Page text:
It arose while planning how to fill a couple of leaf shapes on some stunning eco-dyed tiles that a Travelling Tangler in my swap group sent to me. This is not one of those tiles, but looks similar - and seems a good place to start as autumn begins to comb her fingers through our days.
|Looking leafy - filled with other tangles and wrapped and surrounded by dark auras.|
On pastel paper with white highlights.
The tangle is based on a series of Y shapes each fitting into the next and growing smaller as they go. You may see Y shapes, you may see forked branches or paths, or turned upside down perhaps even wishbones. I call it Divi because of the nature of it constantly dividing itself. If the forks of Divi were in Robert Frost's road in the woods there'd be plenty of choices ahead of you!
The step out is really quite simple. Divi is very forgiving of wobbles and inconsistencies. Your Y shapes can be curvy, or straight, or really wavy, or looping upwards or downwards or any which way. I've also shown how it can be drawn along a band (which you could pencil in first).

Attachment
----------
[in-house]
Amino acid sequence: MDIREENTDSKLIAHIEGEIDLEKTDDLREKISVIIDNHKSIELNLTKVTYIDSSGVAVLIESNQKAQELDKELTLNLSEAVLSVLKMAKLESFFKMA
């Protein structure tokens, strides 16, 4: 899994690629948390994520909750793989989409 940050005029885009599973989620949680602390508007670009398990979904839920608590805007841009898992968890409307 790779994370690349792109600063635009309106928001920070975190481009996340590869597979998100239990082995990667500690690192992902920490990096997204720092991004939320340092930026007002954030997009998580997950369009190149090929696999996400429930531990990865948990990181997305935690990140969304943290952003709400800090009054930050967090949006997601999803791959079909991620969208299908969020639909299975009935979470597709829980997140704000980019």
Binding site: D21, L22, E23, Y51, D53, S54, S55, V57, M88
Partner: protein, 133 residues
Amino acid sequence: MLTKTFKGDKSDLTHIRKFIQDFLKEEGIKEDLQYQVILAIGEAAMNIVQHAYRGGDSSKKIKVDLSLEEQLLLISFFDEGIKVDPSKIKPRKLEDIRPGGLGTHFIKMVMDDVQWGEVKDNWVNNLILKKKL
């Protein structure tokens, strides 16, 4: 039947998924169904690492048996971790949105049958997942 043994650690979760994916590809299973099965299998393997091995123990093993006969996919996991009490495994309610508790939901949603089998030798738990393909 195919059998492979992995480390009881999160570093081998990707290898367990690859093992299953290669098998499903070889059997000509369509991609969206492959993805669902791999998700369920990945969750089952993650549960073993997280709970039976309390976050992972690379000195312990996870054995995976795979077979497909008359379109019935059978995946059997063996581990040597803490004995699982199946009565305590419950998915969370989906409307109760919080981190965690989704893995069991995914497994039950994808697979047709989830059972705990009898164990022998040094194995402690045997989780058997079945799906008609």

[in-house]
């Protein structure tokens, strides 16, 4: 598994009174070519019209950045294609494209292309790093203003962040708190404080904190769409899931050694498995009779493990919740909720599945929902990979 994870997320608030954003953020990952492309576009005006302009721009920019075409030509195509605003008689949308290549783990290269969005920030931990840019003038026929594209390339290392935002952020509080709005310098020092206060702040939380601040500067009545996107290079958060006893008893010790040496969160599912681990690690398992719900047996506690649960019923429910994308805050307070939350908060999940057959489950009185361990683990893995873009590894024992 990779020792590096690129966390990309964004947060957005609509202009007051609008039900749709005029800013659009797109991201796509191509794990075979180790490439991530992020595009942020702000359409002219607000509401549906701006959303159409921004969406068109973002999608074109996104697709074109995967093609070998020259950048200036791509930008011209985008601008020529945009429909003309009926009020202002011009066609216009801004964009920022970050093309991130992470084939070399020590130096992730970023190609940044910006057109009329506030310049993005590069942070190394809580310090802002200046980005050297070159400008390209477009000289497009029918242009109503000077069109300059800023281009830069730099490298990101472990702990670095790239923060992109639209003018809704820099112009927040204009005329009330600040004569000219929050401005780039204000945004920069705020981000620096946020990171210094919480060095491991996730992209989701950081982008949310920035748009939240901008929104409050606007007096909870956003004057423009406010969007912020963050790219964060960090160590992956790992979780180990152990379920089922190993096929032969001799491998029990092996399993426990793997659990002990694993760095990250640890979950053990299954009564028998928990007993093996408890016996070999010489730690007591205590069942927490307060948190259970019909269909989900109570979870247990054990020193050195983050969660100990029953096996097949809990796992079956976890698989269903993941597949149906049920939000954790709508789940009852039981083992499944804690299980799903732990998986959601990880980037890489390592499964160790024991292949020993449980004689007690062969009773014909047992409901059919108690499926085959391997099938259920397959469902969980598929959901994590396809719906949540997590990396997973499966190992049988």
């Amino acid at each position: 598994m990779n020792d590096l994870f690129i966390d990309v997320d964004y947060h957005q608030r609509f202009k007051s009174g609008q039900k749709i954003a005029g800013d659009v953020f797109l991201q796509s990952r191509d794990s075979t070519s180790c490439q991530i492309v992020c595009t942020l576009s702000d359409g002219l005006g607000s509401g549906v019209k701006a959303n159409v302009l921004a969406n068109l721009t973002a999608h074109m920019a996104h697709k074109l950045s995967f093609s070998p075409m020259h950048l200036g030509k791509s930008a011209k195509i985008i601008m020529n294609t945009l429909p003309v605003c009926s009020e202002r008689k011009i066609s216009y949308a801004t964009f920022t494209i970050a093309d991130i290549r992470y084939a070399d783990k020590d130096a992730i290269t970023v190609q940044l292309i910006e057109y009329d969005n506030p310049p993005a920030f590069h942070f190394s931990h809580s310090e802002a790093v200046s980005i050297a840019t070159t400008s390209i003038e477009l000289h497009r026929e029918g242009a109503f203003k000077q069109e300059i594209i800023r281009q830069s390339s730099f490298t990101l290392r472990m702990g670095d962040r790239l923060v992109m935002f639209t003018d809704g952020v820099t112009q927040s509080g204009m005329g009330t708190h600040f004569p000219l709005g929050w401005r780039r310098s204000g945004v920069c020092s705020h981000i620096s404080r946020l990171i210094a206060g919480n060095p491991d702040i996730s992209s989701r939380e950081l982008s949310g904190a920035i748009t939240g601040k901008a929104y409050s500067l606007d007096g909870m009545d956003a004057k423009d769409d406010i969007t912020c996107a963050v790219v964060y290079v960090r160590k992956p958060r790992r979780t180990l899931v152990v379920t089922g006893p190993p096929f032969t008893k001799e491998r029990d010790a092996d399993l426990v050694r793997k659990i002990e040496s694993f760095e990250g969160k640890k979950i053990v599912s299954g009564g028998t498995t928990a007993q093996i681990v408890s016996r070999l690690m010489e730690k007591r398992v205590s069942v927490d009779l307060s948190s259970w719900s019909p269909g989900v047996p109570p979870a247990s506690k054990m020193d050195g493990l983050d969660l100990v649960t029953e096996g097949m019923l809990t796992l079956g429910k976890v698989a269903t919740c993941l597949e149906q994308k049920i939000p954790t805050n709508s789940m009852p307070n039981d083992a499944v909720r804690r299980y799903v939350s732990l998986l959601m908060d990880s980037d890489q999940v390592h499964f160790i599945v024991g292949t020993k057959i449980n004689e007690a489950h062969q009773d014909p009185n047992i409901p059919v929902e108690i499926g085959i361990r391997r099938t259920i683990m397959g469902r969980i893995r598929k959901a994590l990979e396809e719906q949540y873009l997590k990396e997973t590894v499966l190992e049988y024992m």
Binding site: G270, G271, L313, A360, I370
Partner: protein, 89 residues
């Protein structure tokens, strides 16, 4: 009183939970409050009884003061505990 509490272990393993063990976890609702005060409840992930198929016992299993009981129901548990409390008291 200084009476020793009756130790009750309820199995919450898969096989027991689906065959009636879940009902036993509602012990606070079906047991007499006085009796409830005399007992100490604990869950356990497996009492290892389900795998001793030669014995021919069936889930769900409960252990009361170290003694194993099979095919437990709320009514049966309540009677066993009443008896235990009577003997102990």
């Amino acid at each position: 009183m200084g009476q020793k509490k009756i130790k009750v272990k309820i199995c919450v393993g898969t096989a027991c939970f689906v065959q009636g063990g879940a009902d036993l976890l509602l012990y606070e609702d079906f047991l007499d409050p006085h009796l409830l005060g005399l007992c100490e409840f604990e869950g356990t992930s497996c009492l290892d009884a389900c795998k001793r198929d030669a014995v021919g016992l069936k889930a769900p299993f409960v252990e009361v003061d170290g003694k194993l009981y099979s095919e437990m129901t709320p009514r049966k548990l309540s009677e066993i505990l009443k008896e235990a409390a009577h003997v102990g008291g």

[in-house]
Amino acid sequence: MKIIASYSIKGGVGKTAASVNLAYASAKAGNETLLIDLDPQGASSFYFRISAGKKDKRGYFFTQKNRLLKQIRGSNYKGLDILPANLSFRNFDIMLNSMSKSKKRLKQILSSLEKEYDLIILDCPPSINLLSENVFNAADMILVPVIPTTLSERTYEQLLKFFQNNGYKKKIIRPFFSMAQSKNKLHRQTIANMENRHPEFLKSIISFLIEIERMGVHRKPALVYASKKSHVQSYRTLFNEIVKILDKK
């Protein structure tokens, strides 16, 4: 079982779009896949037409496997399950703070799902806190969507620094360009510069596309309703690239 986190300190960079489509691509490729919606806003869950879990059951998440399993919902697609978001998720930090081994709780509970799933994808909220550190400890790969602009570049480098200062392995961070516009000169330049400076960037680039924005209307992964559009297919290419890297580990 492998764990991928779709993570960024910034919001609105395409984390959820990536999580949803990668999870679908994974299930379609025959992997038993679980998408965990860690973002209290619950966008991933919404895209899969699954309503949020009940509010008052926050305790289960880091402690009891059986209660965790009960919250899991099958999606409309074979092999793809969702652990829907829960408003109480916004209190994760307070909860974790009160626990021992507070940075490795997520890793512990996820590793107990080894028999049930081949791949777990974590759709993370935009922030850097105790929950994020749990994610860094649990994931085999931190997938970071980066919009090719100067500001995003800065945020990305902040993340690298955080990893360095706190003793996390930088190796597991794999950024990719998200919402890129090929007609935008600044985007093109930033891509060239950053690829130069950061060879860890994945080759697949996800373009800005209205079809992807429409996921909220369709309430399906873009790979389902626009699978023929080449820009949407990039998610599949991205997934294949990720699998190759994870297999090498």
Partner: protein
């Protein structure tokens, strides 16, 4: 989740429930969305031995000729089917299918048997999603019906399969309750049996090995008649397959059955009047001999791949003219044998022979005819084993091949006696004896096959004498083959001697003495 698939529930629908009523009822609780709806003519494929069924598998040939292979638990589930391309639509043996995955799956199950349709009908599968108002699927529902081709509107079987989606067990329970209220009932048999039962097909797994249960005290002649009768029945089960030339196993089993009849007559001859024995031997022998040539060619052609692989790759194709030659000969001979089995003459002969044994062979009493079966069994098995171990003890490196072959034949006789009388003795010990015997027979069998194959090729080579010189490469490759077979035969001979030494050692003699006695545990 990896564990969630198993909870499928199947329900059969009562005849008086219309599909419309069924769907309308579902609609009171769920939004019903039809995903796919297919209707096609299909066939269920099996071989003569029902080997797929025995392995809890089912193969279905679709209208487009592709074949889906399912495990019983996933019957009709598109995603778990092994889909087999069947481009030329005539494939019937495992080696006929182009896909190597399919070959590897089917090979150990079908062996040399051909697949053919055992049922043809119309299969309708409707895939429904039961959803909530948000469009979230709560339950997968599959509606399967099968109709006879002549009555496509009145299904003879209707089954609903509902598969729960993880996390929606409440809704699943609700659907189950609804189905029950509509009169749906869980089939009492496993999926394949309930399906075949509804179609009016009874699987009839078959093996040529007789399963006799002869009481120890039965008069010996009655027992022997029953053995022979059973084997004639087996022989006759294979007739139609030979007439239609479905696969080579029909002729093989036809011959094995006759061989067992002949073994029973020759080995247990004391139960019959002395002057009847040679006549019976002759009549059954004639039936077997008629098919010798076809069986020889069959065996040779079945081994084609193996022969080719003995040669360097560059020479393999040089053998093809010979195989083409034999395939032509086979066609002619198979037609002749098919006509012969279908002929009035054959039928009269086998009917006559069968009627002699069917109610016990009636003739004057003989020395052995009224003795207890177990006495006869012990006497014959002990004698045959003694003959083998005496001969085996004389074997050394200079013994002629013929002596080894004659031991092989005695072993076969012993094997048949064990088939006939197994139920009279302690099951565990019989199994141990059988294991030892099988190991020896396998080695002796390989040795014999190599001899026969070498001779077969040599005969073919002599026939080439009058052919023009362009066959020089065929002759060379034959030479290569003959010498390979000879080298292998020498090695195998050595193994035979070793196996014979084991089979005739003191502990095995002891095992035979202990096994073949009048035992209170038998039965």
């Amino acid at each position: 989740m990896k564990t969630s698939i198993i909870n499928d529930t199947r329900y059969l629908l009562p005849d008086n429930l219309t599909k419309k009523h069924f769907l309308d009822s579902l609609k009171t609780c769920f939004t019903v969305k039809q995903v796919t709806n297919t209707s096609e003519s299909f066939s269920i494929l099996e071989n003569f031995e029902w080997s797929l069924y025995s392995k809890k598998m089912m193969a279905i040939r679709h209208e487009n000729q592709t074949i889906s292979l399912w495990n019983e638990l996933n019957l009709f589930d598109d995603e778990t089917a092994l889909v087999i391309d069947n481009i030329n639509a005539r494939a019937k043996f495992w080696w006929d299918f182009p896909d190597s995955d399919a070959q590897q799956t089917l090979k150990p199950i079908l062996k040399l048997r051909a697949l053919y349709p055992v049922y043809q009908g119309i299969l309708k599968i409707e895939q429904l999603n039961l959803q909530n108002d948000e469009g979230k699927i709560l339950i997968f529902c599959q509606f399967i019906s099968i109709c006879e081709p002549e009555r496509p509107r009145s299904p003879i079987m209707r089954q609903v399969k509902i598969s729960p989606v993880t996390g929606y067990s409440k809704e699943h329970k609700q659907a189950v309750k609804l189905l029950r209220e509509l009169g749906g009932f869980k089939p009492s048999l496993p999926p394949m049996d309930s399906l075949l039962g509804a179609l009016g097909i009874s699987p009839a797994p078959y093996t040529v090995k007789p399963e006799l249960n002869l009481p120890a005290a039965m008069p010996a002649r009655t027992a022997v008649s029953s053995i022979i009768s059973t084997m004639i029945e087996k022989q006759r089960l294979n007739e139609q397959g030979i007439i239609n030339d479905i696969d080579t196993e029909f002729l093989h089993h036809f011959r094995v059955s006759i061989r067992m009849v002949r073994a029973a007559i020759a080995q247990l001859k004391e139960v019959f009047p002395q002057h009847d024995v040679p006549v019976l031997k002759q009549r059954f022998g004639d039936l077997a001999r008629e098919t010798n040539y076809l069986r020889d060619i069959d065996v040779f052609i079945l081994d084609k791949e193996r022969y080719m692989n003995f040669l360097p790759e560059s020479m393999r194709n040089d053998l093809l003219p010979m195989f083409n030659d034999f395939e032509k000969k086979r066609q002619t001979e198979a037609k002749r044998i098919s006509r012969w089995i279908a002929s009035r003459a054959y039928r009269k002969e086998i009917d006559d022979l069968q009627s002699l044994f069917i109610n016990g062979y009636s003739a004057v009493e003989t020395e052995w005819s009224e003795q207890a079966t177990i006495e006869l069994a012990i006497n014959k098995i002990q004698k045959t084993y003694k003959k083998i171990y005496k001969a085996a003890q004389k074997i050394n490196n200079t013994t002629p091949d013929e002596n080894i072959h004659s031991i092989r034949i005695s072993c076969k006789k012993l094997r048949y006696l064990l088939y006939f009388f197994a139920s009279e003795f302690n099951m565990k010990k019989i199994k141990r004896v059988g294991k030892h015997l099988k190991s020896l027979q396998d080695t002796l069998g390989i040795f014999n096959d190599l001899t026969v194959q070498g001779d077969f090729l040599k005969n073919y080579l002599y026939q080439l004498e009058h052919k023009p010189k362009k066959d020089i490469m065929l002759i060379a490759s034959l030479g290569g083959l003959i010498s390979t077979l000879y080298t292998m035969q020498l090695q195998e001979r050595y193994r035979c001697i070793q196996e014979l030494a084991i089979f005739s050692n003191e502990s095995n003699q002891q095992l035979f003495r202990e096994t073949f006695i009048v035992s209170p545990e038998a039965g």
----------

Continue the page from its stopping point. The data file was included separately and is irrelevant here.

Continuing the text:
In this next example I've mirrored the starting Y shape, and filled the spaces between branches with Shattuck. I've then put more thick auras down both sides, and then a few Fescu. The bands looked a bit too stark so I added some black dots to break them up.
|Looking like wings and beaks and feathers and all that flies in the night.|
Black tile, while Gelly Roll, white charcoal.
If you draw Divi along a band it can then be embellished in multiple ways. Tangled like this it has similarities to Chainlea, but is different enough too I think?
|Looking beautiful in shades of blue. Endless potential for variation. |
I even weaved Fescu through the holes in one of them!
I can be drawn without much additional ornamentation - and take on another look entirely. This version nods to Ruutz and also to Wind Farm - but again, it differs significantly too.
|Looking tumbled - each Divi section jumps off from the one before. |
I darkened some of the lines and added touches of Tearce.
On a Brusho coloured tile - pigment ink and graphite.
Lastly it can transform into something far more geometric. You can also fill the bands of Divi itself rather than the spaces between.
|Looking shiny and new. Divi with corners instead of curves. And filled with Clob.|
Sometimes I think that the measure of a good tangle isn't just how it looks on the tile, but how it makes you feel when you tangle with it - and I know I'm biased but I'm really enjoying the diminishing divisions of Divi and I hope you do too. I'd love to hear how you get on with it and to see your creations.
As always, if this tangle appears to be too similar to any others in name or style, please let me know.